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    Tydskrif vir Geesteswetenskappe

    Print version ISSN 0041-4751

    Abstract

    WOLHUTER, CC; HIGGS, P; HIGGS, LG  and  NTSHOE, IM. The diminishing attractiveness of the academic profession in South Africa. Tydskr. geesteswet. [online]. 2010, vol.50, n.2, pp. 141-156. ISSN 0041-4751.

    As the twenty-first century's knowledge society - that is societies/economies which have evolved from industrial production and services to the production of knowledge as driving axis - takes form, an ever-increasing value is attached to the higher education sector. Any higher education project stands or falls by the quality of its academic staff complement, which in turn depends on how attractive the academic profession is as a career. The aim of this article is to investigate the attractiveness of the South African academic profession, by means of the data of the CAP (Changing Academic Profession) international survey of the academic profession. Internationally the following factors are impacting on higher education and on the academic profession: globalisation; information-, the communication- and knowledge revolution, the neoliberal economic revolution and democratisation. On top of these world-wide trends, higher education in South Africa is both the scene of a radical make-over of the entire education system (change to outcomes-based education, introduction of a National Qualifications Framework, desegregation, equalisation of opportunities, multiculturalism, democratisation) and it is regarded as a major instrument to effect an ambitious series of societal goals: economic goals, cultural goals, social goals and political goals. The above have radical implications for all aspects of the professional lives of academics: their tuition activities, research, community service, administrative activities, relations with institutional governance, entrepreneurship, and physical facilities and remuneration. From the investigation it appears as if the South African academic profession is under big work pressure. They work longer hours than what South African labour legislation sets as norm. In comparison with other professions they are under remunerated. Moreover, they have been dispossessed of much of their freedom and autonomy that have historically been regarded as an essential part of the professional environment of the academic profession. On top of that they are experiencing other frustrations, such as the influx of academically inadequately prepared students, and a lack of sufficient research funds. Amidst these circumstances a substantial percentage of the academic profession consider leaving the profession. According to available evidence, the attraction of the South African academic profession is diminishing. As the higher education sector (and by implication the academic profession) is pivotal for the nascent knowledge society, the diminishing attractiveness of the academic profession in South Africa should, as a matter of urgent priority, receive attention.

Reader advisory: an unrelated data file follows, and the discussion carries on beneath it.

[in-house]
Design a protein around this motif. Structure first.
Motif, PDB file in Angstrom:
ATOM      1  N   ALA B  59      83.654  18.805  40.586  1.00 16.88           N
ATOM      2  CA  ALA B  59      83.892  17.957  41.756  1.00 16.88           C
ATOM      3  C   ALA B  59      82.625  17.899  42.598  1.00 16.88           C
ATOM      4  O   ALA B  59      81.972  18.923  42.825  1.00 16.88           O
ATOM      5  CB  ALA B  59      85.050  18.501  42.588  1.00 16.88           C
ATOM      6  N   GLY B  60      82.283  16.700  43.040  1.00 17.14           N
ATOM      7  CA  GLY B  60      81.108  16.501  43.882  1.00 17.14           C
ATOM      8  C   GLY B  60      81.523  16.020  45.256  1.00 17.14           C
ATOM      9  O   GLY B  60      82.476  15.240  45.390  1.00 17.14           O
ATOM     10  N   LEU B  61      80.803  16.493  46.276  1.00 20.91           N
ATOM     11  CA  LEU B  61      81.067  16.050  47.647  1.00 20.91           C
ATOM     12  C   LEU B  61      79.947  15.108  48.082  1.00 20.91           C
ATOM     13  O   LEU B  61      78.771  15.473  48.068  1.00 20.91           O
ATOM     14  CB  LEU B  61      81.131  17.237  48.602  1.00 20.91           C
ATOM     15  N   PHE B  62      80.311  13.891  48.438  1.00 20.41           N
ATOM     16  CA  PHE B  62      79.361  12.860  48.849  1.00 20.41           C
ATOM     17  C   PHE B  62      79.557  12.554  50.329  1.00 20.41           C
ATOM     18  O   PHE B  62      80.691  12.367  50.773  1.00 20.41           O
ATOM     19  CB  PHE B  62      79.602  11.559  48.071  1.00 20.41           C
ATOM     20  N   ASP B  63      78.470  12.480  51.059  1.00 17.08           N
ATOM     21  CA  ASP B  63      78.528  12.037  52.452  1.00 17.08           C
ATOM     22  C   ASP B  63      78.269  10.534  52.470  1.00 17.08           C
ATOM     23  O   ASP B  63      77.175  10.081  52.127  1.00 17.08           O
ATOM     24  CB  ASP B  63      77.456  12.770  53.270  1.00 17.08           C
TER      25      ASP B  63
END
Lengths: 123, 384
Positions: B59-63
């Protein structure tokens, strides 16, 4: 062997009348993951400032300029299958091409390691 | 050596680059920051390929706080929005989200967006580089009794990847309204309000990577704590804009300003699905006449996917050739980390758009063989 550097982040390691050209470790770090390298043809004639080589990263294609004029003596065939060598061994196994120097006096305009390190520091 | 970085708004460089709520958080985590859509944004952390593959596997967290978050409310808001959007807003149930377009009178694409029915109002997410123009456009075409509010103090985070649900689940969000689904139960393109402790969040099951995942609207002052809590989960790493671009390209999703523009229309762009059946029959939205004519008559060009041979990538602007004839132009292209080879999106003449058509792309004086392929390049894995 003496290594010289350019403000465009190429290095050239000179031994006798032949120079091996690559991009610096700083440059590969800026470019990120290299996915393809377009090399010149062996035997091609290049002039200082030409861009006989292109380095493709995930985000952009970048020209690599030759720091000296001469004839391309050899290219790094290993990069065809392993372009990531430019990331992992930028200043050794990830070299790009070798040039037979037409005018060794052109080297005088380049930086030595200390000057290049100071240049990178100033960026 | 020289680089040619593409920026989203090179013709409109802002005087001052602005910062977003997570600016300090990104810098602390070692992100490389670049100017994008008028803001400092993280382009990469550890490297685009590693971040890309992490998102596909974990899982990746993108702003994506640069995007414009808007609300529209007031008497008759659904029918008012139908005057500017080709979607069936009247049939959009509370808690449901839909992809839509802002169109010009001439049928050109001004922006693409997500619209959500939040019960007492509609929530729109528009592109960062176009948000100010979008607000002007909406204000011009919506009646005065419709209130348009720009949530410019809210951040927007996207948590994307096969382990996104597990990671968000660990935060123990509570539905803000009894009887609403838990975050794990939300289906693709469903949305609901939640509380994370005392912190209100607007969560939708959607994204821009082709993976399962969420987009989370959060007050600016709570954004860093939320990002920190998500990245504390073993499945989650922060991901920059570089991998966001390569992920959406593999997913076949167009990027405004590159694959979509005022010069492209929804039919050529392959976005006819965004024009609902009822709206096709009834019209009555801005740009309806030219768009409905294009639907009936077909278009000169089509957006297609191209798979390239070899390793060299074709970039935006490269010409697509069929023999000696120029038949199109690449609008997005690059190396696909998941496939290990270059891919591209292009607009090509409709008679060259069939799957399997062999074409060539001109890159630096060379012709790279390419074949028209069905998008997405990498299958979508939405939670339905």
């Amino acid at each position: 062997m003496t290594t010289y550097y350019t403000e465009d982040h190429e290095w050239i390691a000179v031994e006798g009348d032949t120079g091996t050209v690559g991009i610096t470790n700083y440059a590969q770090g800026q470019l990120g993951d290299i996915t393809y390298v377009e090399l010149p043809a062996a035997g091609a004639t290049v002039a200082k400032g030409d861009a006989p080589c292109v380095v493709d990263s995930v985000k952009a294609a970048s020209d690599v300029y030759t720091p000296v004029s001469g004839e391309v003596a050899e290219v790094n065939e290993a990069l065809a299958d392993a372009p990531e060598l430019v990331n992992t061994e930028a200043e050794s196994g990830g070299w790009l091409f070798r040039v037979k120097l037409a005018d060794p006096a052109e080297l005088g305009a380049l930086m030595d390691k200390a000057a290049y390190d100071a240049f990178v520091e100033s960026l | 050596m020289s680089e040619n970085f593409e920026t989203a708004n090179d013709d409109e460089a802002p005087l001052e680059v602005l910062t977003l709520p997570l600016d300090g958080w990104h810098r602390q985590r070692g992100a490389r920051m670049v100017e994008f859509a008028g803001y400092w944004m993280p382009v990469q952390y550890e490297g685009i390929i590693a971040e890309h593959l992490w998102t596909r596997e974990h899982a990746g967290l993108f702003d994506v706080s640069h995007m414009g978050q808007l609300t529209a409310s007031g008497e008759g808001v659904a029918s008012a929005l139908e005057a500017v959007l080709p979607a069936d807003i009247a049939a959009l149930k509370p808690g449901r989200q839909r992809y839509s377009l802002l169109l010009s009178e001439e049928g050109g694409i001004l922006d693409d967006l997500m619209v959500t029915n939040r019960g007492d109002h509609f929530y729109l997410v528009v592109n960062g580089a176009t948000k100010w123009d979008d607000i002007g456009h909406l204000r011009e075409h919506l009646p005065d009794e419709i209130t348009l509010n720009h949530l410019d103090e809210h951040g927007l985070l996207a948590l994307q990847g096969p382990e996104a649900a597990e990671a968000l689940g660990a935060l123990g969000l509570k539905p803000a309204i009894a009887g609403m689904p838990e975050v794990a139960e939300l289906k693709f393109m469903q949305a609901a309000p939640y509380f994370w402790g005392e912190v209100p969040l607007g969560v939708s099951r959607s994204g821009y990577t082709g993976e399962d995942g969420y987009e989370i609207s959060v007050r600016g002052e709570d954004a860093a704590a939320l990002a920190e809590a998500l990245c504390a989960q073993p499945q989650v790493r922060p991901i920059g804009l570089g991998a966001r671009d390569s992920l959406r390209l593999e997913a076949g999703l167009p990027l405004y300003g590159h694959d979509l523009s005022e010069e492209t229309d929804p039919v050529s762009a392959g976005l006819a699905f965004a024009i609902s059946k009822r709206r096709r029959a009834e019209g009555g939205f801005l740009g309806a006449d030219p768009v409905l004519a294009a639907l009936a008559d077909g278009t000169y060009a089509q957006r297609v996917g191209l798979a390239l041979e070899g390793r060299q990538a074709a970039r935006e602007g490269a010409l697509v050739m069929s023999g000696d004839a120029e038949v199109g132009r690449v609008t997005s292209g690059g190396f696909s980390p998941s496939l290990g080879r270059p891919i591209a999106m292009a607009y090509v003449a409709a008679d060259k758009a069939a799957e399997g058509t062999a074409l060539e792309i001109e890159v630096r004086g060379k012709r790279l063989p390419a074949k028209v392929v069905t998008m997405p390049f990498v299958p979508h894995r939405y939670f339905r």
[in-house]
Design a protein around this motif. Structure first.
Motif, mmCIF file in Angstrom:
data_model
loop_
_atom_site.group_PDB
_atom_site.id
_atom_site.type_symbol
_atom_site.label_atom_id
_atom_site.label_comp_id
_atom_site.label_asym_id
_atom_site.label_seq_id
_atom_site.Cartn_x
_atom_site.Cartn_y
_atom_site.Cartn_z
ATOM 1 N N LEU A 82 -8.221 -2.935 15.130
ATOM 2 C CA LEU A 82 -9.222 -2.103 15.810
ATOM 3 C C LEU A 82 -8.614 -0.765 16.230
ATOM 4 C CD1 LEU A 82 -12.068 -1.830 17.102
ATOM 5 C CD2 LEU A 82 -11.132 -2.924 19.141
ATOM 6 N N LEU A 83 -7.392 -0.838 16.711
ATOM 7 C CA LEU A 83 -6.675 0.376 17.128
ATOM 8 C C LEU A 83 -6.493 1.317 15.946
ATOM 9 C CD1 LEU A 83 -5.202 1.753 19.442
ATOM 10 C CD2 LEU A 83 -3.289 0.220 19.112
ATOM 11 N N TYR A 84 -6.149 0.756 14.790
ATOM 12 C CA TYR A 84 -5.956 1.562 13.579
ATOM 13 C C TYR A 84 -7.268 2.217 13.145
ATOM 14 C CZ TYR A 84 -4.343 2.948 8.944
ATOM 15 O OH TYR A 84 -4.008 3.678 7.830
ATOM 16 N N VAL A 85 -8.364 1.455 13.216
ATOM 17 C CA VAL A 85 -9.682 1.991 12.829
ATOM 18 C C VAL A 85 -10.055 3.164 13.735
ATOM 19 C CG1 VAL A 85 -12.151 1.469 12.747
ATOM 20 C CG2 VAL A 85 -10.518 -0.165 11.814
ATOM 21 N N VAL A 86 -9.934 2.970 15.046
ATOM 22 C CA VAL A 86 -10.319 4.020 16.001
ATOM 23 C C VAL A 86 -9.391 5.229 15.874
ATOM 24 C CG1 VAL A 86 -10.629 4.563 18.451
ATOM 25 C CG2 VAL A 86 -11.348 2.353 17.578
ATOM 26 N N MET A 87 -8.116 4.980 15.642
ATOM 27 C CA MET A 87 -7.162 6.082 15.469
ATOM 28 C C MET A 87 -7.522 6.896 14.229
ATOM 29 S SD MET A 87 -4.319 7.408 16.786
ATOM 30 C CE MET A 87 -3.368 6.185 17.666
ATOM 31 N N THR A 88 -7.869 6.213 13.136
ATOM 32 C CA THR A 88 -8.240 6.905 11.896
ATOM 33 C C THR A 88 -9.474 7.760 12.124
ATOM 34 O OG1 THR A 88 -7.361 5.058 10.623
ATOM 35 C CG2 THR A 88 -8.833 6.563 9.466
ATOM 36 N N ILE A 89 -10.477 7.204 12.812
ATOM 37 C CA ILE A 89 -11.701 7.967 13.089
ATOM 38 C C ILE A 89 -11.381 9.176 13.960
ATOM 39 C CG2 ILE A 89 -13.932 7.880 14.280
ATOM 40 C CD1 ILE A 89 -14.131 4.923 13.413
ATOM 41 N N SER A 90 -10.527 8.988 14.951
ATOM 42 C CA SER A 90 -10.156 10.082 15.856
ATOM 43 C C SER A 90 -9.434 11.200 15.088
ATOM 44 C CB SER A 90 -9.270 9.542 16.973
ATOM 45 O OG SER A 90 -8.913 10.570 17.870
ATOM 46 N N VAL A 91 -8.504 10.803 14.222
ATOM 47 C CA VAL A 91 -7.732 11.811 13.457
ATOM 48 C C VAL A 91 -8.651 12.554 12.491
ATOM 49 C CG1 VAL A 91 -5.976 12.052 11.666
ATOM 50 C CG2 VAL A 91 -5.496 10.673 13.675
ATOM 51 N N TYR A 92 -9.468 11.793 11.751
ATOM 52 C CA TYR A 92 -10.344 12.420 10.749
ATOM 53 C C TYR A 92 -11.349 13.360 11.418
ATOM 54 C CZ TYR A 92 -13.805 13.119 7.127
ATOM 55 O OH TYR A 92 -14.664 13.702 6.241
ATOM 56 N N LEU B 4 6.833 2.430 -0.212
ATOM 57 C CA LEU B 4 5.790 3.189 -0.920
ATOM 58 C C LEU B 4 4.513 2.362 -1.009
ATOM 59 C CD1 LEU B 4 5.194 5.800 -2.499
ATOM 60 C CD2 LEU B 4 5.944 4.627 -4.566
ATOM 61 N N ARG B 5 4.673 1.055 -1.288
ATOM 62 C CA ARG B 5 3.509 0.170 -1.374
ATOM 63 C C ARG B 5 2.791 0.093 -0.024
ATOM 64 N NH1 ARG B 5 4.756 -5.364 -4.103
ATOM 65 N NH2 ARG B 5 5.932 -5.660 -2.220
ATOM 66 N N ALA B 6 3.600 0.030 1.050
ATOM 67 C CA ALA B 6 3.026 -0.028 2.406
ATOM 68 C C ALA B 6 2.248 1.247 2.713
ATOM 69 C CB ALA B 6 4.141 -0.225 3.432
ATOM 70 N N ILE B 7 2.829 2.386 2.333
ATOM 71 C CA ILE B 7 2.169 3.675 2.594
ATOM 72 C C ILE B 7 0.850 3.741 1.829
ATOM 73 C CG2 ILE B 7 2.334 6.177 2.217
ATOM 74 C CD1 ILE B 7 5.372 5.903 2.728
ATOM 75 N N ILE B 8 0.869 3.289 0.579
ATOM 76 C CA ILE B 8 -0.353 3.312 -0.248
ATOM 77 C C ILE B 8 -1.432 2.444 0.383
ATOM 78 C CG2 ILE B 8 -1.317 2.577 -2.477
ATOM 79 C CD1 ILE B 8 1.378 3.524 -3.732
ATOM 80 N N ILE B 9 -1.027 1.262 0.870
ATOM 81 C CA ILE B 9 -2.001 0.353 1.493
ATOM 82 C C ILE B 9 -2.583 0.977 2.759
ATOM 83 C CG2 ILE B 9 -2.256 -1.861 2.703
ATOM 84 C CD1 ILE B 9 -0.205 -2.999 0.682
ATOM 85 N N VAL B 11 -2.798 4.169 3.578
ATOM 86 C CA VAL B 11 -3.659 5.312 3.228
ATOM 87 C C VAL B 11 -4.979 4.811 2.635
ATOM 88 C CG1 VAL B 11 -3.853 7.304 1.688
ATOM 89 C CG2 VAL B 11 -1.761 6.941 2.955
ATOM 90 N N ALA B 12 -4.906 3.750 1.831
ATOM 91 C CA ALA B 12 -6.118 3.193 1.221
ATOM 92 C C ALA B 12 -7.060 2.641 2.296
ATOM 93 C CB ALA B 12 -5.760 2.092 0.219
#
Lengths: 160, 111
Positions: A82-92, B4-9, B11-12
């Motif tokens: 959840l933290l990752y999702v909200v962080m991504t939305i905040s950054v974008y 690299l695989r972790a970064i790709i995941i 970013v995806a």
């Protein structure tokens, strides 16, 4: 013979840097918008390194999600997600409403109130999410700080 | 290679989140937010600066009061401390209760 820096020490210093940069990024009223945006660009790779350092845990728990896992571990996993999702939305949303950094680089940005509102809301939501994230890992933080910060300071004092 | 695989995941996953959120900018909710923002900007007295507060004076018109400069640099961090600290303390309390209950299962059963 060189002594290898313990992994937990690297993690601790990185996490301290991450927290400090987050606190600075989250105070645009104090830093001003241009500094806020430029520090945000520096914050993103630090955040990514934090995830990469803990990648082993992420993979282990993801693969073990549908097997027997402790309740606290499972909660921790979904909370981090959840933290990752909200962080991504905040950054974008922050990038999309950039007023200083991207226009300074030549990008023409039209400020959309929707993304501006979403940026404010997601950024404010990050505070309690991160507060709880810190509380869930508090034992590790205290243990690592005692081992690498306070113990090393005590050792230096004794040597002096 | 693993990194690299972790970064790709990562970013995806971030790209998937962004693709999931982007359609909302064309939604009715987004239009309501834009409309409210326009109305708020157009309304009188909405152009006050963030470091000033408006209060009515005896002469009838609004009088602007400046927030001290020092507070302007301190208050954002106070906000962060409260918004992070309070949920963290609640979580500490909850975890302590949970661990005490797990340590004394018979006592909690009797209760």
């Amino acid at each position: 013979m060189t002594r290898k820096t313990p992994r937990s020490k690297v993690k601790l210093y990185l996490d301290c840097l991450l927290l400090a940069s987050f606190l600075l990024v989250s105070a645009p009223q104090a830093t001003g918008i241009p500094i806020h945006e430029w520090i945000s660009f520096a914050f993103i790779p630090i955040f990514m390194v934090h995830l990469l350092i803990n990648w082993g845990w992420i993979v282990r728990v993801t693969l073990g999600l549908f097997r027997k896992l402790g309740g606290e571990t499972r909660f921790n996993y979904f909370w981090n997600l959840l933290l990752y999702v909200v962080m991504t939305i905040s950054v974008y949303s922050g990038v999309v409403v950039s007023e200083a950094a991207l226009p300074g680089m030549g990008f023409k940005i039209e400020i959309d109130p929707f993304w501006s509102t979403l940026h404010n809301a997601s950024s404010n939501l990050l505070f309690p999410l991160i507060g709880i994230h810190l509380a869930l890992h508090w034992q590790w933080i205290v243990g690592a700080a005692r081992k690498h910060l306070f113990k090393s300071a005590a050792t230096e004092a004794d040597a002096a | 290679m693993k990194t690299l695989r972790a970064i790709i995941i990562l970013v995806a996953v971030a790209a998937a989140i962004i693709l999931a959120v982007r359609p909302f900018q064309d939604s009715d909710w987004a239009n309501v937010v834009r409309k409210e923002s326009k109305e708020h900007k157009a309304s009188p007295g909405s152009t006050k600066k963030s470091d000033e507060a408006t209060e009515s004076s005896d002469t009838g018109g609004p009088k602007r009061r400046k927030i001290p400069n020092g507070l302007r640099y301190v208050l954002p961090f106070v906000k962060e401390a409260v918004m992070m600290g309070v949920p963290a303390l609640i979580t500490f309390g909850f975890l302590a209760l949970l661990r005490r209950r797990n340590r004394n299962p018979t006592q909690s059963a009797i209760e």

Keywords : Academic profession; CAP investigation; higher education; university tuition; research; academic entrepreneurialism; managerialism; job satisfaction; knowledge society; education transformation.

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